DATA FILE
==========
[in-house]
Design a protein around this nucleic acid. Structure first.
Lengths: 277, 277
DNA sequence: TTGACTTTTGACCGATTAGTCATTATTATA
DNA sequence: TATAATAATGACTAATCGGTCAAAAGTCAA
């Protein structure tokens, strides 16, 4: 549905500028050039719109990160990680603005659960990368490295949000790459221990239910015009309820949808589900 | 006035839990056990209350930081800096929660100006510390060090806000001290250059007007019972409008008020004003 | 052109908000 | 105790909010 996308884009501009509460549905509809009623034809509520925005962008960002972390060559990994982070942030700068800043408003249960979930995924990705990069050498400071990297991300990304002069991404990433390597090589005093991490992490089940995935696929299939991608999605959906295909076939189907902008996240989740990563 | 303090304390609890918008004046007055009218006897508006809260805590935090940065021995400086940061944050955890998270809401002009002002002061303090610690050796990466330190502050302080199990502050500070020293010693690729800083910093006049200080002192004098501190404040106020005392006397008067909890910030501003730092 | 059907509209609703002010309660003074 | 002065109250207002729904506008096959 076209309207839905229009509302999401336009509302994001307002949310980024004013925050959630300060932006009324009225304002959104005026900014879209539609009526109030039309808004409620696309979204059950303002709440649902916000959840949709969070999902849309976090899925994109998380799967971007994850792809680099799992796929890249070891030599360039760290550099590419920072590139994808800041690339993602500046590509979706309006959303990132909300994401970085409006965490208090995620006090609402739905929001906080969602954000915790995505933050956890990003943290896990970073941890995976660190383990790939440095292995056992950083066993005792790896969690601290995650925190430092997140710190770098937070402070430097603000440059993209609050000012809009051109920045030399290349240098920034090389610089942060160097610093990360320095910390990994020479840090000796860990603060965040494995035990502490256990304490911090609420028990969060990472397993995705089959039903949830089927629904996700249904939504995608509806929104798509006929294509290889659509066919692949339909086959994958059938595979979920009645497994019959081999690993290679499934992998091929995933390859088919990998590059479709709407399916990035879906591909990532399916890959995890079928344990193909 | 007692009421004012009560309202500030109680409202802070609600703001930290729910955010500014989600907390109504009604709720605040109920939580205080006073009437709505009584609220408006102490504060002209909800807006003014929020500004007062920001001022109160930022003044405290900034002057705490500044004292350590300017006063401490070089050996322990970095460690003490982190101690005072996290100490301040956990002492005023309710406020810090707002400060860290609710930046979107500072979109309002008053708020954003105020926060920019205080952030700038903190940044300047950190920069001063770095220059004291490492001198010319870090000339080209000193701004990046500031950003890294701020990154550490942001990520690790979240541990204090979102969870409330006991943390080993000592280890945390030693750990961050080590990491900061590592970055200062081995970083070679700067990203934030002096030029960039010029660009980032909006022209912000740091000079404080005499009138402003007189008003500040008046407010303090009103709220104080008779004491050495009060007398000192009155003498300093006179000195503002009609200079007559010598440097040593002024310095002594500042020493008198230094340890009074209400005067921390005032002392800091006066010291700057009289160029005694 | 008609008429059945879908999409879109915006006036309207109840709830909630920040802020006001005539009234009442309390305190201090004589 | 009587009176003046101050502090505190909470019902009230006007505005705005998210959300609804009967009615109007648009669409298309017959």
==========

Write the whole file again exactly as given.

[in-house]
Design a protein around this nucleic acid. Structure first.
Lengths: 277, 277
DNA sequence: TTGACTTTTGACCGATTAGTCATTATTATA
DNA sequence: TATAATAATGACTAATCGGTCAAAAGTCAA
């Protein structure tokens, strides 16, 4: 549905500028050039719109990160990680603005659960990368490295949000790459221990239910015009309820949808589900 | 006035839990056990209350930081800096929660100006510390060090806000001290250059007007019972409008008020004003 | 052109908000 | 105790909010 996308884009501009509460549905509809009623034809509520925005962008960002972390060559990994982070942030700068800043408003249960979930995924990705990069050498400071990297991300990304002069991404990433390597090589005093991490992490089940995935696929299939991608999605959906295909076939189907902008996240989740990563 | 303090304390609890918008004046007055009218006897508006809260805590935090940065021995400086940061944050955890998270809401002009002002002061303090610690050796990466330190502050302080199990502050500070020293010693690729800083910093006049200080002192004098501190404040106020005392006397008067909890910030501003730092 | 059907509209609703002010309660003074 | 002065109250207002729904506008096959 076209309207839905229009509302999401336009509302994001307002949310980024004013925050959630300060932006009324009225304002959104005026900014879209539609009526109030039309808004409620696309979204059950303002709440649902916000959840949709969070999902849309976090899925994109998380799967971007994850792809680099799992796929890249070891030599360039760290550099590419920072590139994808800041690339993602500046590509979706309006959303990132909300994401970085409006965490208090995620006090609402739905929001906080969602954000915790995505933050956890990003943290896990970073941890995976660190383990790939440095292995056992950083066993005792790896969690601290995650925190430092997140710190770098937070402070430097603000440059993209609050000012809009051109920045030399290349240098920034090389610089942060160097610093990360320095910390990994020479840090000796860990603060965040494995035990502490256990304490911090609420028990969060990472397993995705089959039903949830089927629904996700249904939504995608509806929104798509006929294509290889659509066919692949339909086959994958059938595979979920009645497994019959081999690993290679499934992998091929995933390859088919990998590059479709709407399916990035879906591909990532399916890959995890079928344990193909 | 007692009421004012009560309202500030109680409202802070609600703001930290729910955010500014989600907390109504009604709720605040109920939580205080006073009437709505009584609220408006102490504060002209909800807006003014929020500004007062920001001022109160930022003044405290900034002057705490500044004292350590300017006063401490070089050996322990970095460690003490982190101690005072996290100490301040956990002492005023309710406020810090707002400060860290609710930046979107500072979109309002008053708020954003105020926060920019205080952030700038903190940044300047950190920069001063770095220059004291490492001198010319870090000339080209000193701004990046500031950003890294701020990154550490942001990520690790979240541990204090979102969870409330006991943390080993000592280890945390030693750990961050080590990491900061590592970055200062081995970083070679700067990203934030002096030029960039010029660009980032909006022209912000740091000079404080005499009138402003007189008003500040008046407010303090009103709220104080008779004491050495009060007398000192009155003498300093006179000195503002009609200079007559010598440097040593002024310095002594500042020493008198230094340890009074209400005067921390005032002392800091006066010291700057009289160029005694 | 008609008429059945879908999409879109915006006036309207109840709830909630920040802020006001005539009234009442309390305190201090004589 | 009587009176003046101050502090505190909470019902009230006007505005705005998210959300609804009967009615109007648009669409298309017959």